“Ooh move! I wanna see the bride’s gown!”
We all know that people stand for the arrival of the brides to catch a glimpse of her dress – at least the girls do. Trying on the pretty gowns is also probably the best part of wedding planning. I thought I would be one to spend hours/days/months visiting and re-visiting bridal shops before I’d settle on ‘the one’ but it only took me 20 minutes to find my fixer-upper dress (very excited about it!)
But I had an easier time picking my gown because I planned to wear multiple dresses – one for every season of the year 🙂
For the summer dress, my inspirations are:
I loved the Kate dress by Ellebay Bridal with the flowiness and the lace. But when I saw the BCBG gown, I knew that would be perfect for a summer, beach wedding. Especially with the light organza which doesn’t restrict movement and would not weigh me down if I wanted to walk into the water.
So a quick sketch to plan out how to connect my favourite elements of both gowns –
Fabricana is like my candy store. I can spend hours in there – three to be exact. You have no idea how hard it is to find beautiful lace. The pattern I picked was a very common one that comes in many colours for a reasonable price. Organza was on sale so bonus for me!
After picking up lining and notions, I was ready to start!
There are many sources on YouTube, even for the untrained DIY bride, to figure out how to create a pattern from a dressform.
1) Place muslin fabric (or any non-stretch scrap material) and pin onto the lines you marked. Cut off whatever you don’t need! Do this for half of the dressform. You simply need to double it when you cut the fabric to create the other side and it will be symmetrical.
2) Remove the muslin pieces from the dressform and trace on paper, adding 1.5cm seam allowance around the edges. Mark the corners, notches, darts, etc. Place onto fabric and lining and cut.
3) Sew the bodice and skirt pieces separately. Attach the bodice to the lining and make sure it fits! Add bias tape to the waist of the lining to prevent stretching.
4) Pin the bodice onto the dressform and drape the lace over it. Pin in place, creating the form of the body. Using similar coloured thread that blends into the lace, handstitch it onto the bodice and onto the skirt.
With right sides together and the bodice in between them, stitch together the skirt to the lining. Add invisible zipper to the back.
5) Tear the strips of organza by hand. Since it’s woven, non-stretch material, it rips very well and ends up perfectly straight. Create a rolled hem all around the edges of the strips using a serger. Fold the strips in half and press with an iron – props to Ursula for doing all of this part!
Pin onto the hip of the dress to determine the distance between each strip. Take it off the dress and connect them all together by stitching 5cm between them (imagine being little people holding hands).
Pin the strips back onto the dress and space them out evenly. Handstitch each piece into place.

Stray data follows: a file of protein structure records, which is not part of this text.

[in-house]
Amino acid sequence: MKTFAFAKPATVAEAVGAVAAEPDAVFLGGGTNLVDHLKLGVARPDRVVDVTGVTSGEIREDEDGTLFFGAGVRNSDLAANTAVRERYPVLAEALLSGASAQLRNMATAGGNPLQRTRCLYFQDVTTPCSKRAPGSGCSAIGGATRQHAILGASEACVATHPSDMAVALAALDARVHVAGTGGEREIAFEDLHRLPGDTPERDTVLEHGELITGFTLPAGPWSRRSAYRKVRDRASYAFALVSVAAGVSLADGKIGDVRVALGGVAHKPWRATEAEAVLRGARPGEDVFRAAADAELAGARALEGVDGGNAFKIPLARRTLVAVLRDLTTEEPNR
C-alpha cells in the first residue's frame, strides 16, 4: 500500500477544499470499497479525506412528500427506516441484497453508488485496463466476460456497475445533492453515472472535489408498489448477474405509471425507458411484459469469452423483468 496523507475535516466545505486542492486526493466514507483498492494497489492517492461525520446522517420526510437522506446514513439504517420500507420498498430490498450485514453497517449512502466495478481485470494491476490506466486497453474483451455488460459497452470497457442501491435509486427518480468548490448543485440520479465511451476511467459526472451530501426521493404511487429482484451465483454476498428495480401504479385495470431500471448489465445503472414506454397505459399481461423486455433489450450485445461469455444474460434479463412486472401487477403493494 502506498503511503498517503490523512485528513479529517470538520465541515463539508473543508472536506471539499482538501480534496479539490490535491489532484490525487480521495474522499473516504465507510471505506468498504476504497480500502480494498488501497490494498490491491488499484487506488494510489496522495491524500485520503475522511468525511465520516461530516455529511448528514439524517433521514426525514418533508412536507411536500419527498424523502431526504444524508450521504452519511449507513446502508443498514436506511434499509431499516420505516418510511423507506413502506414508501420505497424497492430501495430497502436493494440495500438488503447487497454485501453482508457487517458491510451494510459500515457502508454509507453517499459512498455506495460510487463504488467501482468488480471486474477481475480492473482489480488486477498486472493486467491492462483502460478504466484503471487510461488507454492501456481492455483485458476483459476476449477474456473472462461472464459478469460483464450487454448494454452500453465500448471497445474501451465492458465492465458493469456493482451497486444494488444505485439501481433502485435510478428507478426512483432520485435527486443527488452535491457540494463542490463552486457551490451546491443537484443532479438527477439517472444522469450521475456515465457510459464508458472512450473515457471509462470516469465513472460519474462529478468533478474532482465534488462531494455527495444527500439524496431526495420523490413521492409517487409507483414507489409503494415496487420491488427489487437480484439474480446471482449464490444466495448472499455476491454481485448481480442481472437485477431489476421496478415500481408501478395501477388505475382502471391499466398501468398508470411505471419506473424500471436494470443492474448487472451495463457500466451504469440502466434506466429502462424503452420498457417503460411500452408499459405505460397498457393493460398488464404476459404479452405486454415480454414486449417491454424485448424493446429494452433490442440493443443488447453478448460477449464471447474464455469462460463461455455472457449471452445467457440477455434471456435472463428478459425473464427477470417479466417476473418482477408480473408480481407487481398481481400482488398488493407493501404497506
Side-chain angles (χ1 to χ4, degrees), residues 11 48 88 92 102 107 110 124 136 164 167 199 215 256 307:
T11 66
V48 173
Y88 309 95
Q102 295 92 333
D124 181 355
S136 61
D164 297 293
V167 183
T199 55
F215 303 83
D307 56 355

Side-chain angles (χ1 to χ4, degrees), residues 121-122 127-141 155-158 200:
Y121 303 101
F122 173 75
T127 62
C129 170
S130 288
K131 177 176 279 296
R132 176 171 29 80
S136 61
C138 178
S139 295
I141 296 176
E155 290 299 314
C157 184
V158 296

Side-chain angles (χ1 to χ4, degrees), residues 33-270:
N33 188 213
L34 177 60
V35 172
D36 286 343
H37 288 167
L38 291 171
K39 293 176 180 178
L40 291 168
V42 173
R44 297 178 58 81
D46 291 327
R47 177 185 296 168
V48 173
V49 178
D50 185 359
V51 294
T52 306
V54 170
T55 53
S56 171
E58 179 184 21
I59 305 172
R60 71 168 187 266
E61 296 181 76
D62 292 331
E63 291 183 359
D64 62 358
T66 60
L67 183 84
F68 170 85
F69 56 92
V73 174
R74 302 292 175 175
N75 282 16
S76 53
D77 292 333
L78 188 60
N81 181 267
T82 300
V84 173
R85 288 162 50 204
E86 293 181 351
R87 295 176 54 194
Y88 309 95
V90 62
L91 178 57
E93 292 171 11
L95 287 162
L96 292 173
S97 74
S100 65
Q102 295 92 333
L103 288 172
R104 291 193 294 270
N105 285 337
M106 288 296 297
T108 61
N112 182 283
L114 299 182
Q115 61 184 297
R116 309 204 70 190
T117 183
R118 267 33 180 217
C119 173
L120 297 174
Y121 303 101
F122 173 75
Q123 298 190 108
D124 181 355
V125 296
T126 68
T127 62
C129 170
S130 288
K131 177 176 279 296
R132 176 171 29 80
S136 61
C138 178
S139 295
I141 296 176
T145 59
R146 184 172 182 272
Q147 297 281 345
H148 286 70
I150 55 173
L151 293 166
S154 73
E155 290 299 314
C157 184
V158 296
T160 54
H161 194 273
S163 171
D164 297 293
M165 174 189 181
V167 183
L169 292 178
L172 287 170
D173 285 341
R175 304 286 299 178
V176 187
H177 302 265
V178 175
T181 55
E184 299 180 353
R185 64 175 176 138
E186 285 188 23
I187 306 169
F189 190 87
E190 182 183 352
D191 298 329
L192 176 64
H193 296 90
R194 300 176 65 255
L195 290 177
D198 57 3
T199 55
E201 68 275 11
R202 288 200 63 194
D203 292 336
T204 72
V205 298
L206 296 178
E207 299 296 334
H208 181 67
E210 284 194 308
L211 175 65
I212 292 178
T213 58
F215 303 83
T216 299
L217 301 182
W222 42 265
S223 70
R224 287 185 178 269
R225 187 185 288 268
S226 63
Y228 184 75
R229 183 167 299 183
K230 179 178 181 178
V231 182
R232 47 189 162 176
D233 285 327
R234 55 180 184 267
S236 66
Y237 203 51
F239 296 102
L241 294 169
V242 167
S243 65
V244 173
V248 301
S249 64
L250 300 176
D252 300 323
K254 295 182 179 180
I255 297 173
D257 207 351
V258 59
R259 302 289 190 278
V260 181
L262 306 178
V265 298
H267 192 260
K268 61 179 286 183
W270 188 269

So now comes the problem solving part of DIY projects, especially if you’ve never done them before:
- The strips looked like an accordian after tacking it in place, not at all like the BCBG dress. I played around with it a bit and pulled down each strip slightly, rolled it behind and tacked in place. Looked more like a pumpkin after that but much cuter and I didn’t mind the reference since it reminded me of Cinderella 🙂
- The sides were too bare and every time I bent my body, I would flash someone so I took some spare lace lying around and handstitched in onto the sides to close it off and add a bit of embellishment.
- Ursula noted that there was something missing and said I should add a sash because the waistline looked bare and incomplete. I felt a sash would add too many varying materials into the dress and cheapen the look. So I dug around and found this $5 faux pearl necklace I thrifted when I was visiting Oregon coast. Lo and behold, not only is it the perfect addition the dress, the length fits around perfectly!!!
And *drum roll* the final product!
Total cost was about $55. Not too shabby!
I was extremely happy with the product and I finished it not a moment too soon – on the day of the photo shoot.
Photographer – Jun Ying of Kunioo assisted by the talented Miya Gu
Bouquet/boutonniere – Lisa Wong of Blush Floral Designs
Makeup/hair/styling – Elena Tsang (me!)
Special thanks to – Sam Chin for the suit; Ursula Tsang for assisting me in this project; Brenda Tsang-Chu for baking delicious treats used as props in the shoot; Jason Fung for being an awesome fiance and prepped the other props for the shoot.
Enjoy some pictures of it flowing in the wind!
4 thoughts on “DIY Wedding Gown #1 – Summer”
I don’t even know how I ended up here, but I thought this post was good. I do not know who you are but certainly you’re going to a famous blogger if you aren’t already 😉 Cheers!
that’s sweet! i’m definitely not a famous blogger at all but i appreciate the compliment 🙂
This looks magnificent and is a true one of a kind! I love the pleats around the waist – they’re so flattering on you. I’m so proud of you and am wow’ed by your creativity. 🙂 Wishing you all the best for your wedding day.
thanks mel! i’m having a lot of fun (albeit a bit stressed) planning and making all this for the big day.
p.s. i love your vegetable bouquet 🙂